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Cornell Feline Health Center

Supporting Cat Health with Information and Health Studies.

Chronic Kidney Disease

Chronic kidney disease (CKD) is the persistent loss of kidney function over time. Healthy kidneys perform many important functions, most notably filtering the blood and making urine, so problems with kidney function can result in a variety of health problems for a cat. Among the many different kidney diseases that may affect cats, CKD is the most common.

The kidneys are part of the renal system (Figure 1), the body’s system for filtering impurities out of the blood. Urine produced in the kidneys is carried to the bladder by the ureters and from the urinary bladder to the outside world by the urethra.

Clinical Signs

Cats with CKD may experience a buildup of the waste products and other compounds in the bloodstream that are normally removed or regulated by the kidneys. This accumulation may make them feel ill and appear lethargic, unkempt, and lose weight. They may also lose the ability to concentrate their urine appropriately, and as a result they may urinate greater volumes and drink more water to compensate. The loss of important proteins and vitamins in their urine may contribute to abnormal metabolism and loss of appetite. They may also experience elevated blood pressure (hypertension), which can affect the function of a number of important systems, including the eyes, brain, and heart.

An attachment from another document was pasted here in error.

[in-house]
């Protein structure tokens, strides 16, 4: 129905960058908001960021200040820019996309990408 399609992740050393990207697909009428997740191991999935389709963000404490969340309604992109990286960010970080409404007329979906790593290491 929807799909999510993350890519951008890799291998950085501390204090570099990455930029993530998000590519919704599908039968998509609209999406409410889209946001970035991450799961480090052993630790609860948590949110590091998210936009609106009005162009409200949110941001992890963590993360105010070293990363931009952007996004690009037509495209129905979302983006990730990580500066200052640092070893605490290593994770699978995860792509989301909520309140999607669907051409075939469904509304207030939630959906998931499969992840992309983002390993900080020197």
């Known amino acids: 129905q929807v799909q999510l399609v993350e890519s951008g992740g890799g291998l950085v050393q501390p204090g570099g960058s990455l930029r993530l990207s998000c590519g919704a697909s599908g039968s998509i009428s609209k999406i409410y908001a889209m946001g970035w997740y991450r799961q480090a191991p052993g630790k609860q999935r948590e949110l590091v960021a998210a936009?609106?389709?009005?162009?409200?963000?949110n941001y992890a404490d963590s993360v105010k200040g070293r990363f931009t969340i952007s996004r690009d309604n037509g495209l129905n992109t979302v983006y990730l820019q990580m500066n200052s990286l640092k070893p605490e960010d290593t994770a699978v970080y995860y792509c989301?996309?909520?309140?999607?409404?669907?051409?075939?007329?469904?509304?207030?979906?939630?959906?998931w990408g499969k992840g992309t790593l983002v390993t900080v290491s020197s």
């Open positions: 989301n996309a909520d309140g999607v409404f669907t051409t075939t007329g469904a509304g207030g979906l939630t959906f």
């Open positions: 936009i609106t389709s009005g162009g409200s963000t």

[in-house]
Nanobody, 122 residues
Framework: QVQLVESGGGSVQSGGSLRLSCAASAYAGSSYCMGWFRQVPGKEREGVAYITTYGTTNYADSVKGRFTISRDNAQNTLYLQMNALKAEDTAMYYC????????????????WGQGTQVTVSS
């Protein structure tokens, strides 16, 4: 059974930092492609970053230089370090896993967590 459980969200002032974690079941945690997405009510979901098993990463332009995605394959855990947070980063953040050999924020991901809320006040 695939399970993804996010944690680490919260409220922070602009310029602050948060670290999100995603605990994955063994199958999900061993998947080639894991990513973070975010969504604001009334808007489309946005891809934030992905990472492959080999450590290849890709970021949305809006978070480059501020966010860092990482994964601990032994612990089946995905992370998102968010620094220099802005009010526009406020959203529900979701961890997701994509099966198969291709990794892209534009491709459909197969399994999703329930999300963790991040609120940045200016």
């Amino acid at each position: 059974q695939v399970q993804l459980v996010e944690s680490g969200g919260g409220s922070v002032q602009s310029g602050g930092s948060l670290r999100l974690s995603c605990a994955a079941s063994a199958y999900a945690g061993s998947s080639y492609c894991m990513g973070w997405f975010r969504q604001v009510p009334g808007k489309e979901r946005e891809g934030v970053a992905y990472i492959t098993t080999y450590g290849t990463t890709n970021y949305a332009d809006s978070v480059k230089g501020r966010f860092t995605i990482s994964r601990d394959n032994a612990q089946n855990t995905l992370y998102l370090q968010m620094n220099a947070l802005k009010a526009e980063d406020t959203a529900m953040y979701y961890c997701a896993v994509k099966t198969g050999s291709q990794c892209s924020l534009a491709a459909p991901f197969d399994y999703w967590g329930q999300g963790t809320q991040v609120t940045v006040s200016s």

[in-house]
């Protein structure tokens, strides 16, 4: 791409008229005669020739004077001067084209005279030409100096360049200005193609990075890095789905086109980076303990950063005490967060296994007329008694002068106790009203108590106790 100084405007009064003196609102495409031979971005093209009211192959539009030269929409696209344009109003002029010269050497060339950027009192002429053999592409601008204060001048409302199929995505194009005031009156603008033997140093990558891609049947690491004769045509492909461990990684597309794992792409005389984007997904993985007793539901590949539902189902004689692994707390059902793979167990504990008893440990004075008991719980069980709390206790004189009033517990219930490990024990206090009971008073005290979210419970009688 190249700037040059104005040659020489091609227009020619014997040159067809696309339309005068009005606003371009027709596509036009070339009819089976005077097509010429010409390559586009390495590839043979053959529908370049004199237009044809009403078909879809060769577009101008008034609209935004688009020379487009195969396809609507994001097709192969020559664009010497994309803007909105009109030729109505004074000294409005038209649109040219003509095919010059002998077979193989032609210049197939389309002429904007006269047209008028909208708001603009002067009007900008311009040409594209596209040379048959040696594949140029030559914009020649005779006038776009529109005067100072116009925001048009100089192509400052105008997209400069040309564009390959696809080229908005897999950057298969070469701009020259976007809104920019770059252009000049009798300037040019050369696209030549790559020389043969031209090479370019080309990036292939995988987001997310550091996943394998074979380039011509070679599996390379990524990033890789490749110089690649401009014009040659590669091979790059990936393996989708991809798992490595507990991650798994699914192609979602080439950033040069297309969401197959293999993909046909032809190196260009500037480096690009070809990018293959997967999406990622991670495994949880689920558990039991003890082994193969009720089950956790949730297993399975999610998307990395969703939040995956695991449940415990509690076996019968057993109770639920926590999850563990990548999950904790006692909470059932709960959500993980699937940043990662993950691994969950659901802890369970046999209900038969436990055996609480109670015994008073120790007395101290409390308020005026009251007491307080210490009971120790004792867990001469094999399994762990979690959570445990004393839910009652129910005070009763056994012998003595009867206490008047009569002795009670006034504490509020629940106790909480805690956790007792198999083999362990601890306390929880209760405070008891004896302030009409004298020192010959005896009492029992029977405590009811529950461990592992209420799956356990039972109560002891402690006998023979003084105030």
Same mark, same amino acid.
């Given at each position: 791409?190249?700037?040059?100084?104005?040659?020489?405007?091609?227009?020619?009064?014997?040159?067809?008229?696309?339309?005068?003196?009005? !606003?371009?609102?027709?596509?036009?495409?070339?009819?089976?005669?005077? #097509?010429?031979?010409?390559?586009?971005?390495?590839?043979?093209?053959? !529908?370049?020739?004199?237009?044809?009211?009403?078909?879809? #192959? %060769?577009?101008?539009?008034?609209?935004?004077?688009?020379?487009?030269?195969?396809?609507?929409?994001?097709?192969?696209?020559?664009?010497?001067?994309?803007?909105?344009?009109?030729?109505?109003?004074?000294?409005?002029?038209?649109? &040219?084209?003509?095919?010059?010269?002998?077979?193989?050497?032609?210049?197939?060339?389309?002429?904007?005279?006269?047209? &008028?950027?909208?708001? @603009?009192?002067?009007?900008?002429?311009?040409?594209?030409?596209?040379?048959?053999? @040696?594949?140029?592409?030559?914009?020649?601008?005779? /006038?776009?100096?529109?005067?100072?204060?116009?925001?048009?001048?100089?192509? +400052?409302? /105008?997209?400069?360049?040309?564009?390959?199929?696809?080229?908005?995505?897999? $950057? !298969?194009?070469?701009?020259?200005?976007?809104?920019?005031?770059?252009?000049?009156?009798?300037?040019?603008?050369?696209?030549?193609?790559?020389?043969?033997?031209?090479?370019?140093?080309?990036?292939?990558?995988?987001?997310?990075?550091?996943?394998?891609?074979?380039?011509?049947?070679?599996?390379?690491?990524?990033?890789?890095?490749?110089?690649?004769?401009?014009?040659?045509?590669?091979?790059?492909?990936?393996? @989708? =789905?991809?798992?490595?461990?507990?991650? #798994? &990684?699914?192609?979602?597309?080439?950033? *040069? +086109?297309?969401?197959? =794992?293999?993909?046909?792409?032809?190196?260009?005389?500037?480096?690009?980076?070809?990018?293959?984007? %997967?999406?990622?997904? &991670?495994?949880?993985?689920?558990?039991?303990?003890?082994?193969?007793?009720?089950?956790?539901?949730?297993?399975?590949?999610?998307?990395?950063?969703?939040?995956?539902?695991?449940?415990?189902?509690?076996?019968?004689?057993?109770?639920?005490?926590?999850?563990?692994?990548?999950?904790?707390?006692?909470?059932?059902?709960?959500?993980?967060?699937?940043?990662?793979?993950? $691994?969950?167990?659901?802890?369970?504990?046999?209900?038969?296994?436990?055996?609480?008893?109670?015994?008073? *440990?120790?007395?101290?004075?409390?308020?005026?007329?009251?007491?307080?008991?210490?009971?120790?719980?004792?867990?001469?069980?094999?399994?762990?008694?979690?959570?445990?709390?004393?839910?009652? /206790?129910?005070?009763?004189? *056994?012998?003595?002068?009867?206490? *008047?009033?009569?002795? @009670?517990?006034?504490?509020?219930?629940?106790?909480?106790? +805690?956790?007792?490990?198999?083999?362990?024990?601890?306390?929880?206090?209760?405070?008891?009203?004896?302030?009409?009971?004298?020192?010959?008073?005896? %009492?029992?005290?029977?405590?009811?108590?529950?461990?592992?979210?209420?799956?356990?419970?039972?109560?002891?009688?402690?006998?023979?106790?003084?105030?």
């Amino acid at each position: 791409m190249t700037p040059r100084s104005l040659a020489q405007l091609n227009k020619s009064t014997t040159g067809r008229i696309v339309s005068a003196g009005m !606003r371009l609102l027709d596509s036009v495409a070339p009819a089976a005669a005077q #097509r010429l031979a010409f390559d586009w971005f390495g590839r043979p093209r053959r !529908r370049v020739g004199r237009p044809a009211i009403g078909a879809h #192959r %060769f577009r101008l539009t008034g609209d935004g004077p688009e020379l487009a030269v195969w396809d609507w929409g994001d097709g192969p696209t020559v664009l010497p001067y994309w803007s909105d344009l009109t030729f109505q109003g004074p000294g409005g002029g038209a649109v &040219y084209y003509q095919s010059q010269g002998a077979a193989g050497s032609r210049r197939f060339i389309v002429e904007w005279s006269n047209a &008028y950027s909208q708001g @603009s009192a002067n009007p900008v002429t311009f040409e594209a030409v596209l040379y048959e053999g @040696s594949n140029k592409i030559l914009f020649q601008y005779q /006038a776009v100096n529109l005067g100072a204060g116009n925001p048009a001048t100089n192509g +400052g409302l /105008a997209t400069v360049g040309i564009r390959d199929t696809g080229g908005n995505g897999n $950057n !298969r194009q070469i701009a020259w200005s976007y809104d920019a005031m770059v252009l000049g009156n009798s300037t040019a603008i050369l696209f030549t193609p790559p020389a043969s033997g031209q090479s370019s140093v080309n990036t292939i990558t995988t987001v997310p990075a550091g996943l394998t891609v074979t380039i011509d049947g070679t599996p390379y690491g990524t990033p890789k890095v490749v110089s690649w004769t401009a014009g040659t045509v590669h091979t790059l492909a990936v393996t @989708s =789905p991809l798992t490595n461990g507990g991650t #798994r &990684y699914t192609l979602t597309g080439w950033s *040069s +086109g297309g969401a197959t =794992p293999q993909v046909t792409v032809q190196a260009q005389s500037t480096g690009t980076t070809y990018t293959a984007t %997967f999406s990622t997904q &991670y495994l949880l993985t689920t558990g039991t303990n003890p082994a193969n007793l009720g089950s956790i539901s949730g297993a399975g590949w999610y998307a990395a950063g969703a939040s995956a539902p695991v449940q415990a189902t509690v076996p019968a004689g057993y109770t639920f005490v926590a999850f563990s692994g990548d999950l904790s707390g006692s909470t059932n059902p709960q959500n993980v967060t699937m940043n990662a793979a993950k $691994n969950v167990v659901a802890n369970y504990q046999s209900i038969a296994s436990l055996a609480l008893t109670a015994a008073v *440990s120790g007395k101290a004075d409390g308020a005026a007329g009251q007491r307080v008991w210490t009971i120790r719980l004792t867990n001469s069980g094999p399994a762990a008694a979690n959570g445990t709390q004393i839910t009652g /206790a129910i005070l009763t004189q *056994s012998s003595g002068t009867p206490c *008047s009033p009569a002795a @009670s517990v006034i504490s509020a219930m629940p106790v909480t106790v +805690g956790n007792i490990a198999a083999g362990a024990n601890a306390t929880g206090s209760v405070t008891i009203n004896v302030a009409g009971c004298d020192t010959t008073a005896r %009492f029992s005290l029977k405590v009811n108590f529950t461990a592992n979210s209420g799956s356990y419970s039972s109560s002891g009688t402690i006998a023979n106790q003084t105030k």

Another cause of lethargy in cats with CKD is the buildup of acids in their blood. The kidneys of cats with CKD may not excrete these compounds appropriately, making affected cats prone to blood acidification, or acidosis, a condition that can significantly affect the function of a variety of organ systems in the body. CKD may also decrease a cat’s ability to produce red blood cells, which can lead to anemia, a reduced concentration of red blood cells in their blood. This may cause their gums to appear pale pink, or in severe cases, whitish in color, and may make them lethargic.


To evaluate kidney function, veterinarians will most often turn to blood tests and urine analysis (urinalysis) to evaluate the concentrations of waste products and other components that healthy kidneys normally filter or regulate.